Government Report Documents H-1B Fraud

Ann All

H-1B visa opponents say the system is so broken that it should be fixed before legislators seriously entertain the idea of easing visa limits, a move being promoted by tech companies like Microsoft and Intel and supported by both U.S. presidential candidates. Among their charges: Companies overstate a shortage of qualified personnel so they can hire lower-cost H-1B holders. Indian outsourcing companies receive an inordinately large share of the visas. Some companies outright scam the system.


A new report by the U.S. Citizenship & Immigration Services (USCIS) provides plenty of fodder for the latter claim. According to the report, 13 percent of H-1B applications filed on behalf of employers are fraudulent and another 8 percent contain some kind of technical violations. As I wrote last summer, there is a surprising dearth of solid data on the H-1B program. The USCIS report marks the first time a government agency has documented such systematic problems, notes a BusinessWeek story.


Ron Hira, an assistant professor of public policy at the Rochester Institute of Technology who is frequently interviewed about H-1Bs, says the report shows a "desperate need for an auditing system."


According to BusinessWeek, most of the problems were uncovered during site visits to 246 companies that filed H-1B petitions. Among the issues: visa holders who had never worked at the location given in the application, workers paid below the prevailing wage, and workers performing job duties that were significantly different than those listed on the application. Accounting, human resources, business analyst, sales and advertising were among the occupations most likely to involve fraud, though problems were also documented with managerial and computer-related occupations.


The report hints that USCIS will implement procedural changes to address the problems.

Add Comment      Leave a comment on this blog post
Oct 13, 2008 3:35 AM SeniorD SeniorD  says:
Someone should look at Compuware (CPWR). They seem to be hiring more H1-B visa applicants and then putting them to work in areas other than what the visa stipulates. Reply
Oct 13, 2008 3:54 AM USPatriot USPatriot  says:
IF the H1-B visa applicants are qualified, US companies definitely benefit from the low wages and high productivity, however the quality is not there and time are wasted on training them which in the long run cost the company more than a local hire. What do we call patriotic when we are sending money out of US to countries like China and India, and in return the service and product quality are way below expectation!We should start thinking what went wrong! Reply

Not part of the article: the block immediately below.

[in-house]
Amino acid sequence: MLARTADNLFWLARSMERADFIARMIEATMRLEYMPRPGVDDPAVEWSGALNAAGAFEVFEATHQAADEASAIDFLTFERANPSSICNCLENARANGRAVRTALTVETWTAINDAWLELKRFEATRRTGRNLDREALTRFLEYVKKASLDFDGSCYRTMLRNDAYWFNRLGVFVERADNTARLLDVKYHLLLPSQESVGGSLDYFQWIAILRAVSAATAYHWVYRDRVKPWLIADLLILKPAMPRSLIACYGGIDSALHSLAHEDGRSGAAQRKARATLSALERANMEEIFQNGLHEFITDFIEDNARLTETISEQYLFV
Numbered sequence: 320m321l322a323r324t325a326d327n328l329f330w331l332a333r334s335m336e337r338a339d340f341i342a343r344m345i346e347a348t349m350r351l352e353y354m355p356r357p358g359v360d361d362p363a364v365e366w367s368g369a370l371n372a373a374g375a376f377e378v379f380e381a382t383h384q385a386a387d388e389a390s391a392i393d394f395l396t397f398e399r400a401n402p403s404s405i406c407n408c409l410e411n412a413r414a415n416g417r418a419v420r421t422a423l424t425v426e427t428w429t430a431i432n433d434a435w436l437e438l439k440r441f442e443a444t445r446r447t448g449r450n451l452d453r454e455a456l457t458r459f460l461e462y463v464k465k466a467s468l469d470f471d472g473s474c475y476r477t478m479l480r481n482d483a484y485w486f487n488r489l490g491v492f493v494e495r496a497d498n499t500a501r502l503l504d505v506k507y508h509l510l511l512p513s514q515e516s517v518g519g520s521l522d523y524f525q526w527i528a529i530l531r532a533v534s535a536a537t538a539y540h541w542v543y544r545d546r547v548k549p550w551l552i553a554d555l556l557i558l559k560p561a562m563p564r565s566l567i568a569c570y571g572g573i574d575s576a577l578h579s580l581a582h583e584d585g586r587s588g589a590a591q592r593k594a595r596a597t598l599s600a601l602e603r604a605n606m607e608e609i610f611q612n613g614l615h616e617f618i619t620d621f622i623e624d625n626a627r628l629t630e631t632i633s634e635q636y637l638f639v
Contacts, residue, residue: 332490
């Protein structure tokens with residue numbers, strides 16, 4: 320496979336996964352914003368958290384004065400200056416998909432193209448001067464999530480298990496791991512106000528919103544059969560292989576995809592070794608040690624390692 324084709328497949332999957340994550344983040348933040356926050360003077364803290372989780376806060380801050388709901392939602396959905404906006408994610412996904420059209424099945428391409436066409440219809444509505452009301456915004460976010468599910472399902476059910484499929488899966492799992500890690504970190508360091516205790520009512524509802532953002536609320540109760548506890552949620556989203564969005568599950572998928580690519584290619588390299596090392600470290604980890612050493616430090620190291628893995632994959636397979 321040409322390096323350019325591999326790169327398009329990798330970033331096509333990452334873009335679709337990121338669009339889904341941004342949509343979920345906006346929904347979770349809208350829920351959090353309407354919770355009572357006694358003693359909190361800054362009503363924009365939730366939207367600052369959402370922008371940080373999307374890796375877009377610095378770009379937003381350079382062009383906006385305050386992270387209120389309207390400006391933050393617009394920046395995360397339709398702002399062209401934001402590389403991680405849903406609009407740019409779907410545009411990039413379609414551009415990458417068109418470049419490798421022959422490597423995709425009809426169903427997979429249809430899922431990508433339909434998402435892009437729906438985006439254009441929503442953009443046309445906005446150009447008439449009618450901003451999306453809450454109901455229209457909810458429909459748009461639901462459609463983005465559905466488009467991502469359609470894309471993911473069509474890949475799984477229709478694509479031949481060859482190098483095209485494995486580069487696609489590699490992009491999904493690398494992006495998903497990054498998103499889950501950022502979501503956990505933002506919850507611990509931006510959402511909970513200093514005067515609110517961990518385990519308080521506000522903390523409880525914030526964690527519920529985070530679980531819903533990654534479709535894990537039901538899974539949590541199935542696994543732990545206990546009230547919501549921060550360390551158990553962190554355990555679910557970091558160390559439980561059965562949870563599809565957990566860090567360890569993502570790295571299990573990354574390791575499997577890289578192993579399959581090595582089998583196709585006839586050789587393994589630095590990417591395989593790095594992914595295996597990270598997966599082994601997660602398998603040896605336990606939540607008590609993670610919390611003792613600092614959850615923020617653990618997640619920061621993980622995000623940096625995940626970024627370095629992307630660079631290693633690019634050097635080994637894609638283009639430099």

Oct 13, 2008 7:11 AM Alex Montalvo Alex Montalvo  says:
You have got to be kidding me! Only NOW there has been some minor acknowledgement of a problem??? I am a IBM certified AS/400 Programmer with 9 Years in the field now preparing for bankruptcy!Allow me to share an email I sent to the President (now gets bounced back as undeliverable) Congress and the Senate. By the way I now am working in the Kosher Deli industry preparing to file for Bancruptcy CH7!! I would like to know how is my filing for Chapter 7 Bankruptcy good for the economy? It's not good for mine losing my car I need it to find work in NJ CT PA since the Hi Tech H1- L1 Guestworker Visa Program came into being I could forget finding work in NY! Credit card companies charging higher interest rates because you can't pay cost of living and their over inflated bills. I know there are US Government Kick backs to companies in the way of documented $2000 USD per head H1B Grants for every one hired, thereby you talk the talk but fail miserably in the walking department. What do I need to do to get your attention throw a towel on my head and blow my self up? I just want a fair chance for my American Dream. That hypocrite Bill Gates forgets U.S. Citizens built this country not China not India not Pakistan! Lets LOOK out for our own for once! I am not referring to the companies of your interest, but THE POOR and getting POORER AMERICAN PEOPLE! Not one week after Microsoft Chairman Bill Gates testified in Congress, various sources are reporting that House leaders intend to bring up legislation that would increase high-skilled foreign worker visas. H.R. 5630, sponsored by Rep. Gabrielle Giffords (D-AZ), would increase the annual cap for high-tech H-1B visas from 65,000 to 130,000 starting this year, and up to 180,000 by the year 2010. This legislation also makes it easier for foreign students who are graduates in high-tech fields to enter or stay in the U.S. and compete with U.S. graduates.(Congress Now, March 18, 2008) This latest move only further illustrates how Congress is willing to bend over backwards to oblige special interests-interests determined to ensure that any enforcement legislation, such as the SAVE Act (H.R.4088), does not pass Congress unless it has goodies for them. While the influence these special interests has over Congress is appalling, the move to increase the number of foreign guest workers is particularly disturbing given the fact the Labor Department announced not one week ago that the U.S. economy had lost 63,000 jobs and yesterday the Federal Reserve cut interest rates in an effort to stabilize the economy. But the push to import more high-tech foreign workers isn't the only scheme politicians are devising behind closed doors. Just three weeks ago, House Leadership began negotiating legislation promoted by Congressman Joe Baca (D-CA), Chairman of the Congressional Hispanic Caucus, that would grant 5-year amnesty visas to the 12-20 million illegal aliens currently in the country. And not two weeks ago, Congressman Bart Stupak (D-MI) began efforts to bring legislation to the House floor that would allow employers to import more unskilled H-2B guest workers. Now, Capitol Hill newspapers are reporting that House Leadership-eager to address immigration in a "comprehensive" manner-is considering a package that would contain all of these elements Reply